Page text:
Well and good, but there are some hard things to explain, like consciousness. I don't have airy-fairy beliefs as to the nature of consciousness, but it's a curious thing. Not knowing much (anything) about it, leaves me in a spot where I am cautious about stating it's properties with certainty.

I agree with what you wrote. My comment about not throwing science at people, and being civil in general, was more about not being an a##hole. You have to talk to people every day, especially at work, and there are a lot of things about people's beliefs in religion that are inconsequential to the daily running of things. It's not my place to try and shatter their universe. I have better things to care about, like having a good day!

When they want to implement fundamentalist laws, and interfere with the response to AIDS epidemics, and plenty of them do, I have a problem with that, but I don't argue the point with Person X and infuriate him and refuse to work with him based on that fact. There are proper forums for that discussion. I'm reminded of this sign, regardless of the context, the message is clear. :)

Hobin
#36
Feb21-12, 08:25 AM
P: 194
Anybody that aggressively and blatantly denies evolution has not adapted a rational view of the universe or they would have been convinced by the evidence if they actually took the time to digest it; But most importantly, it's the difference between people who think actions in the universe requires some causal explanation, and those that think a lack-of-explanation (i.e. magic) suffices.
While I agree with you, I don't think things are as clear-cut as that (and I think the 'actually took the time to digest it' is significant). I come from an extremely religious family (myself, I'm agnostic), and I know that perhaps ninety percent of the people in my church simply don't believe in evolution, the big bang et al. because they're uninformed. More importantly, because they've been informed by pastors about 'what scientists think'. These people are not necessarily irrational, they are just basing their views on what they *think* evolution and the big bang theory are. Of course, in many cases, it is 'already too late' to tell them what it's really about, because many - probably most - of them *are* dogmatized irrationalists.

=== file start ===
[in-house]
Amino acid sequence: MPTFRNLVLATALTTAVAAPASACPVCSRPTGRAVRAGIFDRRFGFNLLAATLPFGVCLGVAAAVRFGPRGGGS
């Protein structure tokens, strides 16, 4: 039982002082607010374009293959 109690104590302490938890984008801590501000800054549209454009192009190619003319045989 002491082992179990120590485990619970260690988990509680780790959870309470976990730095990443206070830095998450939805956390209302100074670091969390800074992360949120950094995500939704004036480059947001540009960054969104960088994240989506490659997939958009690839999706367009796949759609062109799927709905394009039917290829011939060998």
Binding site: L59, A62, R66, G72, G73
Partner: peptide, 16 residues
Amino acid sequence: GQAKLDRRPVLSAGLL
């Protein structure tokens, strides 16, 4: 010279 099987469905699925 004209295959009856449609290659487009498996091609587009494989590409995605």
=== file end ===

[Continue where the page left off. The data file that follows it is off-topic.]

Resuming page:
But I think it's still an important point, because it also goes the other way 'round: people who believe in evolution, the big bang, etc. etc. *are not necessary rational*. I know some of such people who have simply been taught that the beforementioned are true, have simply been taught that everyone who doesn't believe them is irrational, and now think themselves masters of rationality! That, I think, is just as stupid. (And possible more dangerous, because others believe them rational. Oh, by the way, Pythagorean, I'm not saying you think everyone who believes the above is rational. I know that would be a logical fallacy and a strawman in one.)

I would of course still prefer people to believe in evolution, but I woud *also* like people to stop thinking that because someone has been trained to believe science is telling the truth, those people are being rational. I think science is a rational process myself, and I also think it's the most (if not the only) reliable way of telling what's true (well, except for math). However, because I'm from a religious family and actually had to rationally convince myself of this, it disturbs me how many people there are who simply believe science because they were conditioned to do so. (Granted, one could argue that I believe in science out of rebellionistic (is that a word?) tendencies towards my family and my 'culture'. I think I'm being rational, of course, but who knows? Everyone else thinks that, too. *wink* The jury's still out on that one.)

I also think that the people who were simply conditioned to believe science are more likely to have such philosophical viewpoints as 'everything is matter', and 'materialism has scientifically been proven to be correct'. (I don't know this for certain, of course, and it would be quite hard to ask people this: "Hey, have you been conditioned to believe in science or was this actually a rational decision? Oh, and do you think materialism has been scientifically proven?")

So now for my 'personal opinion': Science is the most reliable way of determining truth; I don't know whether materialism is 'true', but I do know that it's a philosophical preference (that allowed us to learn a lot of new things during the Enlightenment, that much is true!) that has no scientific basis, per se; I also know that there are quite a lot of interesting experiments and debate concerning parapsychology, and that the idea of parapsychology as a pseudoscience is ungrounded (I suspect this might be an unpopular view; should you feel a need to comment on it, I suggest giving the above a read *first*); I do not know whether such a thing as 'psi' exists, and I'll leave that to the people scientifically studying it to determine, but I'm open to the possibility, and think there's quite a bit of interesting evidence.

...And while I hope the above sounds very tolerant, I must admit to being very bad at being in the company of people who believe stupid things (no matter the reason). Shutting my mouth when appropriate is something my parents have always wanted to teach me, but, alas, they have not succeeded (except when I have food in my mouth; then, I succeed. Hurrah).